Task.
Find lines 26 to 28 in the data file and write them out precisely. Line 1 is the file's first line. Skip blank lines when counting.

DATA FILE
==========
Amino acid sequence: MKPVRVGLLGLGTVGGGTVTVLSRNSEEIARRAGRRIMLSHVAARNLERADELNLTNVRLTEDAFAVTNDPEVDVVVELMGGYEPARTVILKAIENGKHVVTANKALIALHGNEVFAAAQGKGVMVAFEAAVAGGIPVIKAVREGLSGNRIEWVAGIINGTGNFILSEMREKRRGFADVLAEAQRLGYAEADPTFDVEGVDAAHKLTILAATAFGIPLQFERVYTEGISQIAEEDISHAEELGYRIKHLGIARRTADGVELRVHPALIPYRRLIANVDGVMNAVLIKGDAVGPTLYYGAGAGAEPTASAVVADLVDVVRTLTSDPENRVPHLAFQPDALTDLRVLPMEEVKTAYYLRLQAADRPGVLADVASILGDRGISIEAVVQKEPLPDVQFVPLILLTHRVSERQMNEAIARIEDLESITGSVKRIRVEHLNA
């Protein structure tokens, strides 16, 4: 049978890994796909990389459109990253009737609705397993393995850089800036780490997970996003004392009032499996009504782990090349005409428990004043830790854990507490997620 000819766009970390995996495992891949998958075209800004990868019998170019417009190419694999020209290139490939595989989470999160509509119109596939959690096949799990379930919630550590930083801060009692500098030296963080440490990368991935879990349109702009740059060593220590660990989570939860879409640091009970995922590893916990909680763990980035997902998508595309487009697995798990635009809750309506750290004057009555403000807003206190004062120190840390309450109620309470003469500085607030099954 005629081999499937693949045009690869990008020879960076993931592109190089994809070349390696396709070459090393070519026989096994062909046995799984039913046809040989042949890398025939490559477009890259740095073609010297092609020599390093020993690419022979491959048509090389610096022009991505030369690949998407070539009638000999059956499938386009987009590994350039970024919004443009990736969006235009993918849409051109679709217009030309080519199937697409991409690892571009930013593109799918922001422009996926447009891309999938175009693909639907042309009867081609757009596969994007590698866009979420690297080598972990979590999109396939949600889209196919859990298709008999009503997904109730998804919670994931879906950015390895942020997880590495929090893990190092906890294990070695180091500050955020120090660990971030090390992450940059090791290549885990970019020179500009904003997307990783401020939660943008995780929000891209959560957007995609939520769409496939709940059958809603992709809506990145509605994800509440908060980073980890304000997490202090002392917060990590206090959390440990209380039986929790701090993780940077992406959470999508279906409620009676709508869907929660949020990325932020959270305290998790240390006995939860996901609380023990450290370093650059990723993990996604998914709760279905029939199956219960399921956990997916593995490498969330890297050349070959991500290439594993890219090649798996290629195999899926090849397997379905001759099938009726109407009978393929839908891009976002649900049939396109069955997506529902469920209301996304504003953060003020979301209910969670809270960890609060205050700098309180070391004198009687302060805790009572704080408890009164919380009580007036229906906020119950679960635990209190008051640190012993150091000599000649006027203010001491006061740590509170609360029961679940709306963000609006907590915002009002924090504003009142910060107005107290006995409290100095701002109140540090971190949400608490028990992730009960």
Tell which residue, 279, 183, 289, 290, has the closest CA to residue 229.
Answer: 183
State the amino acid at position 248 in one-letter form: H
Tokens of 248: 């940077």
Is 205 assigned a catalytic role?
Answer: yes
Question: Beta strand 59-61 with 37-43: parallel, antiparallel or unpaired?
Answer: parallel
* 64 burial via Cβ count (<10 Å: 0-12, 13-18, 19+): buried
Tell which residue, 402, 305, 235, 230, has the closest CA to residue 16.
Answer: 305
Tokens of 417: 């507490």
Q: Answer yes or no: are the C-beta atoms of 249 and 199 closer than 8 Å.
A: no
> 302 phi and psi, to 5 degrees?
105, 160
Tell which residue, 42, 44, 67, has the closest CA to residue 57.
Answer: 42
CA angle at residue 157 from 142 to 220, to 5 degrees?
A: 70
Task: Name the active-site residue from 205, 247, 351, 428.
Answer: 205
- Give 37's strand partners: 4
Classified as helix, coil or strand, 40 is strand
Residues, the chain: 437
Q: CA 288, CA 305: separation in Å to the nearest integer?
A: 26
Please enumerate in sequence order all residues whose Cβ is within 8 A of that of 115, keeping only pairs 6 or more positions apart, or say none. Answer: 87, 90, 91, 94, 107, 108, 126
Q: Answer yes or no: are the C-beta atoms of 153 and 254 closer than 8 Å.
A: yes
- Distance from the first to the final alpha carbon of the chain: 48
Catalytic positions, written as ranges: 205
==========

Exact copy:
Classified as helix, coil or strand, 40 is strand
Residues, the chain: 437
Q: CA 288, CA 305: separation in Å to the nearest integer?